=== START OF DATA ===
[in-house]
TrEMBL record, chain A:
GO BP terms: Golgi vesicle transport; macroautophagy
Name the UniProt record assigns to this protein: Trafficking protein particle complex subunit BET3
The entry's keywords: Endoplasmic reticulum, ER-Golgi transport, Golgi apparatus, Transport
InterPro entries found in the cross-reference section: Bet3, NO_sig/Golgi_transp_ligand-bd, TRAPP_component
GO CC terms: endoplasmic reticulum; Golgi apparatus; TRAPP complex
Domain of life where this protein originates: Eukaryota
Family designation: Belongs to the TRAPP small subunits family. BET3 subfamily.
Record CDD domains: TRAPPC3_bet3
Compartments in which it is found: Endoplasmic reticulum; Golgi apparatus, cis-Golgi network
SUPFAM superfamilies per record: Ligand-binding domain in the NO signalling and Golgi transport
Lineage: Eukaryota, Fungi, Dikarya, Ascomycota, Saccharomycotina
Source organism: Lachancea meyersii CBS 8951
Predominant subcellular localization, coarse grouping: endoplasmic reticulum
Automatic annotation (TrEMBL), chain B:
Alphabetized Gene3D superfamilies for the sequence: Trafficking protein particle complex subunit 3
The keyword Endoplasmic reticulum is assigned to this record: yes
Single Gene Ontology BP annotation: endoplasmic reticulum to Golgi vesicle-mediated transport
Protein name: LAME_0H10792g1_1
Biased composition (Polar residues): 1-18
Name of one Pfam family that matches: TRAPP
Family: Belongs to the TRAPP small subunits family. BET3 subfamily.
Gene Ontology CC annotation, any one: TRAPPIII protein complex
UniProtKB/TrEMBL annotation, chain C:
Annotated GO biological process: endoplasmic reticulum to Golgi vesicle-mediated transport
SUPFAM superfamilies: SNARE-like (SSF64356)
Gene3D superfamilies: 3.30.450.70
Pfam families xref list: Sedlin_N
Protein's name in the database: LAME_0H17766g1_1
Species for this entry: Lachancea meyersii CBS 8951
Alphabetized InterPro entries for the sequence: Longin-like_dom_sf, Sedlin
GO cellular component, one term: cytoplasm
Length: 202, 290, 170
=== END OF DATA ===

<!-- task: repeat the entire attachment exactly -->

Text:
[in-house]
TrEMBL record, chain A:
GO BP terms: Golgi vesicle transport; macroautophagy
Name the UniProt record assigns to this protein: Trafficking protein particle complex subunit BET3
The entry's keywords: Endoplasmic reticulum, ER-Golgi transport, Golgi apparatus, Transport
InterPro entries found in the cross-reference section: Bet3, NO_sig/Golgi_transp_ligand-bd, TRAPP_component
GO CC terms: endoplasmic reticulum; Golgi apparatus; TRAPP complex
Domain of life where this protein originates: Eukaryota
Family designation: Belongs to the TRAPP small subunits family. BET3 subfamily.
Record CDD domains: TRAPPC3_bet3
Compartments in which it is found: Endoplasmic reticulum; Golgi apparatus, cis-Golgi network
SUPFAM superfamilies per record: Ligand-binding domain in the NO signalling and Golgi transport
Lineage: Eukaryota, Fungi, Dikarya, Ascomycota, Saccharomycotina
Source organism: Lachancea meyersii CBS 8951
Predominant subcellular localization, coarse grouping: endoplasmic reticulum
Automatic annotation (TrEMBL), chain B:
Alphabetized Gene3D superfamilies for the sequence: Trafficking protein particle complex subunit 3
The keyword Endoplasmic reticulum is assigned to this record: yes
Single Gene Ontology BP annotation: endoplasmic reticulum to Golgi vesicle-mediated transport
Protein name: LAME_0H10792g1_1
Biased composition (Polar residues): 1-18
Name of one Pfam family that matches: TRAPP
Family: Belongs to the TRAPP small subunits family. BET3 subfamily.
Gene Ontology CC annotation, any one: TRAPPIII protein complex
UniProtKB/TrEMBL annotation, chain C:
Annotated GO biological process: endoplasmic reticulum to Golgi vesicle-mediated transport
SUPFAM superfamilies: SNARE-like (SSF64356)
Gene3D superfamilies: 3.30.450.70
Pfam families xref list: Sedlin_N
Protein's name in the database: LAME_0H17766g1_1
Species for this entry: Lachancea meyersii CBS 8951
Alphabetized InterPro entries for the sequence: Longin-like_dom_sf, Sedlin
GO cellular component, one term: cytoplasm
Length: 202, 290, 170